L(x, ẋ,t) = m~r˙2 + ~r˙ &middot; ~A˙ − eφ,
2
c
(22)
~P = ∂L = m~r˙ + e ~A.
c
∂~q˙
(23)
the canonical momentum is
Thus
Hc (~r, ~P) = ~P &middot;~r˙ − L =
(~P − ec ~A)2
+ eφ.
2m
(24)
Quantum mechanically, we replace the canonical momentum ~P, rather than the mechani∂
cal momentum, with the operator −ih̄ ∂x
. Again it is because of the correspondence principle:
In classical mechanics, it is the canonical momentum ~P satisfy the Poisson bracket, not the
mechanical momentum. Then for the quantum mechanical Hamiltonian, however, what enters the Hamiltonian is the mechanical momentum which is an physical observable. The
5-4
canonical momentum is not gauge invariant, and thus is not a physical observable.
H=
(−ih̄~∇ − ec ~A(~r))2
+ eφ(~r).
2m
(25)
If we expand the above Hamiltonian, we have
H=
−h̄2 ∇2
e ~ ~
e ~ ~ e2 ~A2 (~r)
−
ih̄∇ &middot; (A −
A &middot; ih̄∇ + 2
.
2m
2mc
2mc
c 2m
(26)
The meaning of the second term in the above equation is that for any wavefunction ψ(~r), its
i ~
h̄∇ &middot; {~A(~r)ψ(~r)}. We often use Column like gauge such that ~∇ &middot; ~A = 0, in this
effect is − 2m
case, Eq. 26 is reduced to
H=
−h̄2 ∇2 ih̄e ~ ~ e2~A2 (~r)
−
A&middot;∇+
.
2m
mc
2mc2
(27)
In classic EM, we know that ~A(~r) has gauge redundancy, i.e., for
~A&acute; (~r) = ~A(~r) + ∇ f (~r,t), φ&acute; (~r) = φ(~r) − 1 ∂ f (~r,t)
c ∂t
(28)
where f (~r,t) is an arbitrary scale field, (~A&acute; , φ&acute; ) and (~A, φ) represent the same physical electric
and magnetic fields. In classic EM, it is not a problem because the equation of motion can be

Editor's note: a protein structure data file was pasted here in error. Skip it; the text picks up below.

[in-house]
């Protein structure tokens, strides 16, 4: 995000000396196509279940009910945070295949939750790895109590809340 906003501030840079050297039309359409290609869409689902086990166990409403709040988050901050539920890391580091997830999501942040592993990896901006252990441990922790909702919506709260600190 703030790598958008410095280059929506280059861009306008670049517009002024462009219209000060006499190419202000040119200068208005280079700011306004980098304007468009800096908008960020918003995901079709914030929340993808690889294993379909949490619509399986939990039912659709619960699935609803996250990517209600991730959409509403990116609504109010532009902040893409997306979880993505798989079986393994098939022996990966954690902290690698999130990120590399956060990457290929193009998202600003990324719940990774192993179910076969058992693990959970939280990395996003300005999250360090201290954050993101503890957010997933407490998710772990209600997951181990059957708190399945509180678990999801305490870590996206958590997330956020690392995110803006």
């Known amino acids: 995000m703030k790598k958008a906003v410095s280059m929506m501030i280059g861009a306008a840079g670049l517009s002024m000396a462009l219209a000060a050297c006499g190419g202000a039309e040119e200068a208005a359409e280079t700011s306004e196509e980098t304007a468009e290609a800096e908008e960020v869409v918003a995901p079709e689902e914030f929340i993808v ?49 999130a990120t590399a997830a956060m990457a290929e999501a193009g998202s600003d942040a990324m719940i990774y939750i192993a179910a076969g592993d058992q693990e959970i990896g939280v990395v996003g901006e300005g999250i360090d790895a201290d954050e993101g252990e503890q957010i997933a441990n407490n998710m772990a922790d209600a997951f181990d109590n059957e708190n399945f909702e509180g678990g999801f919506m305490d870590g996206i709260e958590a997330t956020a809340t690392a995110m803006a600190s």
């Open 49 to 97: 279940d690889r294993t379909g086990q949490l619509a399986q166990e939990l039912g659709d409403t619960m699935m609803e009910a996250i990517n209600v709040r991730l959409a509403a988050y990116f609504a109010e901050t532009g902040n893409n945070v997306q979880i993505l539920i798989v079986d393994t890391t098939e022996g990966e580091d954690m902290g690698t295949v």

written by using ~E and ~B,
2
~F = m d ~r = e~E + e~v &times; ~B.
dt 2
c
(29)
The introduction of ~A and φ is just a convenience not essential.
However, in quantum mechanics, the concept of force is ill-defined. We have to either
use Hamiltonian, or, Lagrangian, both of which can only be expressed by ~A and φ not by ~E
and ~B. The form of Hamiltonian by using ~A&acute; and φ&acute; is written as
(−ih̄~∇ − ec ~A&acute; (~r))2
H =
+ eφ&acute; (~r).
2m
&acute;
(30)
A natural question is: Should H &acute; and H give rise to the same physics?
We can prove that for any solution to the equation
ih̄
∂
ψ(r,t) = Hψ(r,t)
∂t
5-5
(31)
with H defined in Eq. 25, we define the a new wavefunction ψ&acute; (~r,t)
ie
ψ&acute; (~r,t) = e h̄c f (~r,t) ψ(~r,t)
(32)
∂ &acute;
ψ (r,t) = H &acute; ψ&acute; (r,t).
∂t
(33)
such that it satisfies
ih̄
Exercise 4
verify that
Prove the above statement in Eq. 32 and Eq. 33. Hint: you may need to first
(ih̄
ie
∂
∂
− eφ&acute; )ψ&acute; = e h̄c f (~r,t) (ih̄ − eφ)ψ,
∂t
∂t
and you can also find a similar expression with respect to the spatial gradient.
5-6
(34)